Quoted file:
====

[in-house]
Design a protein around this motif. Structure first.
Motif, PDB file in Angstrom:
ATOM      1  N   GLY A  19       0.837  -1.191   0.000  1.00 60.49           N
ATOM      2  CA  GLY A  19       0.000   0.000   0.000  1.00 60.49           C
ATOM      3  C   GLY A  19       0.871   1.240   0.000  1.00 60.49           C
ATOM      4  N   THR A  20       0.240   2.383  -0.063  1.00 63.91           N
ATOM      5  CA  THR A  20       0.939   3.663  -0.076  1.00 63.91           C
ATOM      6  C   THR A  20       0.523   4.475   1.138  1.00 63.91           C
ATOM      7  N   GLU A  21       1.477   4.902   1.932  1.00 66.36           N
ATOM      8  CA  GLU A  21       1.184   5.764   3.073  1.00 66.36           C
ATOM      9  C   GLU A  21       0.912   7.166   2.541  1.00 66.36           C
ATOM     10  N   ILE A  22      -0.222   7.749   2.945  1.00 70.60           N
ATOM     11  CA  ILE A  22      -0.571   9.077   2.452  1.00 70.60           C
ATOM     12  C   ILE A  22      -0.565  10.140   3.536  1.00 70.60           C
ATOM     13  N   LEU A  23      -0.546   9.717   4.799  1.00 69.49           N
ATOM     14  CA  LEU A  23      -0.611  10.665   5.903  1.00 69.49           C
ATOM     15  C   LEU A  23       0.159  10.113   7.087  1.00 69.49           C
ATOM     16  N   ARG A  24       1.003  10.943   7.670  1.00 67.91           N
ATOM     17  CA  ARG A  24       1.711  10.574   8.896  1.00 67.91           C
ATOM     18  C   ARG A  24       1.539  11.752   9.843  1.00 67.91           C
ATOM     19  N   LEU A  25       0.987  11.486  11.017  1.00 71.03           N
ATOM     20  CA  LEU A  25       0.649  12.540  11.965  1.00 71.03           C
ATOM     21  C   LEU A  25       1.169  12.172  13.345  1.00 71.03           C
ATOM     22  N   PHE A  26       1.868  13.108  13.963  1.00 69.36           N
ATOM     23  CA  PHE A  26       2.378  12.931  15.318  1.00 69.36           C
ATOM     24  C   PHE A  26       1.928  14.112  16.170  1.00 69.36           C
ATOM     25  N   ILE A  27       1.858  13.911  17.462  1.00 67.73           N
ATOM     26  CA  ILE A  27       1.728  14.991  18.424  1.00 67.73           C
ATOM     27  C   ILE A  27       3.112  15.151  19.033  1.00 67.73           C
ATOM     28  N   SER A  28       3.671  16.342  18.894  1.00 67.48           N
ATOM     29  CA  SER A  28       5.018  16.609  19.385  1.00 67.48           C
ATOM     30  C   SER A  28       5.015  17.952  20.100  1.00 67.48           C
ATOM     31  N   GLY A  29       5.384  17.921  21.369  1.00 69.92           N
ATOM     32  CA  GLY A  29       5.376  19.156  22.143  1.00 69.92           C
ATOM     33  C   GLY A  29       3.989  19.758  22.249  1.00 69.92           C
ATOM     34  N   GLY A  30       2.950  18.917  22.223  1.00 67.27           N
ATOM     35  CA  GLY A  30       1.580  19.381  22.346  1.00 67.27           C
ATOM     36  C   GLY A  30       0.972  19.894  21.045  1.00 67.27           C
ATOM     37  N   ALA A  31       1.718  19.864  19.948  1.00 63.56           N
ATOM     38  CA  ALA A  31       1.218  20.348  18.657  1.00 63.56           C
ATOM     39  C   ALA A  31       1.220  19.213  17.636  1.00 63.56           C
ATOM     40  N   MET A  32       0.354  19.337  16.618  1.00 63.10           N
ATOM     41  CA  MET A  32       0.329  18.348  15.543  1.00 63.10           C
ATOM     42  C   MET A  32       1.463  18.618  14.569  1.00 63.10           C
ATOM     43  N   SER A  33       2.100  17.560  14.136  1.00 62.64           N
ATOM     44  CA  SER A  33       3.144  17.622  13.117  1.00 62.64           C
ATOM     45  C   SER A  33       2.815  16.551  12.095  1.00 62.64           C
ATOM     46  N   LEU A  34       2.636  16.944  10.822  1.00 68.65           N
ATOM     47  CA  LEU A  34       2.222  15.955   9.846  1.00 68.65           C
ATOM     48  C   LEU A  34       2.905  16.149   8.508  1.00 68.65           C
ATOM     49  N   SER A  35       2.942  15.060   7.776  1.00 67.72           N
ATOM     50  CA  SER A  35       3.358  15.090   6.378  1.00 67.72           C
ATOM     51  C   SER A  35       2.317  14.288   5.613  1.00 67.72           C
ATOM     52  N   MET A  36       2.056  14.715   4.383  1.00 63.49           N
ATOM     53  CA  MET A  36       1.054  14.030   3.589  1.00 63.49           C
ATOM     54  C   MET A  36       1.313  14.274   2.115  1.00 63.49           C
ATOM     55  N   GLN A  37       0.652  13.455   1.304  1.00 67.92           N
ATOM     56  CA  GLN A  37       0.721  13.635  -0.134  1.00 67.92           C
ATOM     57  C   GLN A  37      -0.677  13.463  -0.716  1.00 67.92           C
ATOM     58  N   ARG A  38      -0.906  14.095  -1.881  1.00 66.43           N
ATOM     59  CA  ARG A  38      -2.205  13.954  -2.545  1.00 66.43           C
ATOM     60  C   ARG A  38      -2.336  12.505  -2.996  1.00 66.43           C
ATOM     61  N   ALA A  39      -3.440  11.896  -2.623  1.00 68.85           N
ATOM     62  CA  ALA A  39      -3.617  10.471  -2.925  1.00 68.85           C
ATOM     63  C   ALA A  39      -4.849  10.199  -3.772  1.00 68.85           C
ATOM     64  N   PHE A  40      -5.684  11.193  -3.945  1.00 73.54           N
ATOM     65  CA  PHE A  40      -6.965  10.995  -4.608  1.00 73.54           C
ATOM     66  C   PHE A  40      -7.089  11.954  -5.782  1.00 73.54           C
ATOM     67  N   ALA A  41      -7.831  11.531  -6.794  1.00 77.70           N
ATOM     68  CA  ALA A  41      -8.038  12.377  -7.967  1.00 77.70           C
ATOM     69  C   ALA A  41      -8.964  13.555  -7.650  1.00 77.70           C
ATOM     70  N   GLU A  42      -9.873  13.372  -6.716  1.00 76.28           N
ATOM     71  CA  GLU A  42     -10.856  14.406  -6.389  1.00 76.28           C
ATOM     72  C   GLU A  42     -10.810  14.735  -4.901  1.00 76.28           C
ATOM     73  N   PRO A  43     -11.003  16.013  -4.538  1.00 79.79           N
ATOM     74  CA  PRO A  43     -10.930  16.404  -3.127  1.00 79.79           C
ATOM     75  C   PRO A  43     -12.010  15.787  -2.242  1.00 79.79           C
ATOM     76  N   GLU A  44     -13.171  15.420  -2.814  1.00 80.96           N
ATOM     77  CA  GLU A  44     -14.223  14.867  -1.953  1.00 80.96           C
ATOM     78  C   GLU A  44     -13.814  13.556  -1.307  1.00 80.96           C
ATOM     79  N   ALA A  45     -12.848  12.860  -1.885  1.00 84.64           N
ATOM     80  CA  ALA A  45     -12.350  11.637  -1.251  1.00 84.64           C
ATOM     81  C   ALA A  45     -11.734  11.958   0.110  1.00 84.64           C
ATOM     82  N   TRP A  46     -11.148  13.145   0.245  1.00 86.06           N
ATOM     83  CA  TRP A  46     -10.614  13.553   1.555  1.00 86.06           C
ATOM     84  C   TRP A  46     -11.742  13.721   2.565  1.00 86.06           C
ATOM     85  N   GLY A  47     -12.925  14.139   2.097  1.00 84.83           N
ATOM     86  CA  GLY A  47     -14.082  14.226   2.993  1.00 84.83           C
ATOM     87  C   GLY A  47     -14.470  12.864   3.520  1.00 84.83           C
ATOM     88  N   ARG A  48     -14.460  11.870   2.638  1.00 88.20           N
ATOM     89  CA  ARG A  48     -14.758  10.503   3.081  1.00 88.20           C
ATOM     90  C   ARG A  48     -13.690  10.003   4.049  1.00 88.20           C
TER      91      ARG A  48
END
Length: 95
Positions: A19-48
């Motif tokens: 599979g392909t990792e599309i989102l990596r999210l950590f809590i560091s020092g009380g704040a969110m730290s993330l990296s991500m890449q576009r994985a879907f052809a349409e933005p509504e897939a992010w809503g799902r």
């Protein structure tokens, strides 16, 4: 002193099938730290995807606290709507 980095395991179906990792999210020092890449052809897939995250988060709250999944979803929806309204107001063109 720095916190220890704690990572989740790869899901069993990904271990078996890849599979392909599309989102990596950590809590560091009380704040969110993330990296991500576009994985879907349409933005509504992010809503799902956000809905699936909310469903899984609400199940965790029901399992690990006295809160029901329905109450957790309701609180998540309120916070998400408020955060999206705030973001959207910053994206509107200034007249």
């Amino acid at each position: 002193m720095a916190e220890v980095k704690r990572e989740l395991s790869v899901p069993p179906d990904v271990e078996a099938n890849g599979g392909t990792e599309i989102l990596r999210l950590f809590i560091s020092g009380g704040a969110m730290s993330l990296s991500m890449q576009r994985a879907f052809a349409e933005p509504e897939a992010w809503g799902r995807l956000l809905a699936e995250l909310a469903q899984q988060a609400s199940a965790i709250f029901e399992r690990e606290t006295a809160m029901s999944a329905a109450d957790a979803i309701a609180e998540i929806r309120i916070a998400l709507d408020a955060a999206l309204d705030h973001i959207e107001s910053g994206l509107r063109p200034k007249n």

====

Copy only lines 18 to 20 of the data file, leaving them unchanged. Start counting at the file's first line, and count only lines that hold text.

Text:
ATOM     15  C   LEU A  23       0.159  10.113   7.087  1.00 69.49           C
ATOM     16  N   ARG A  24       1.003  10.943   7.670  1.00 67.91           N
ATOM     17  CA  ARG A  24       1.711  10.574   8.896  1.00 67.91           C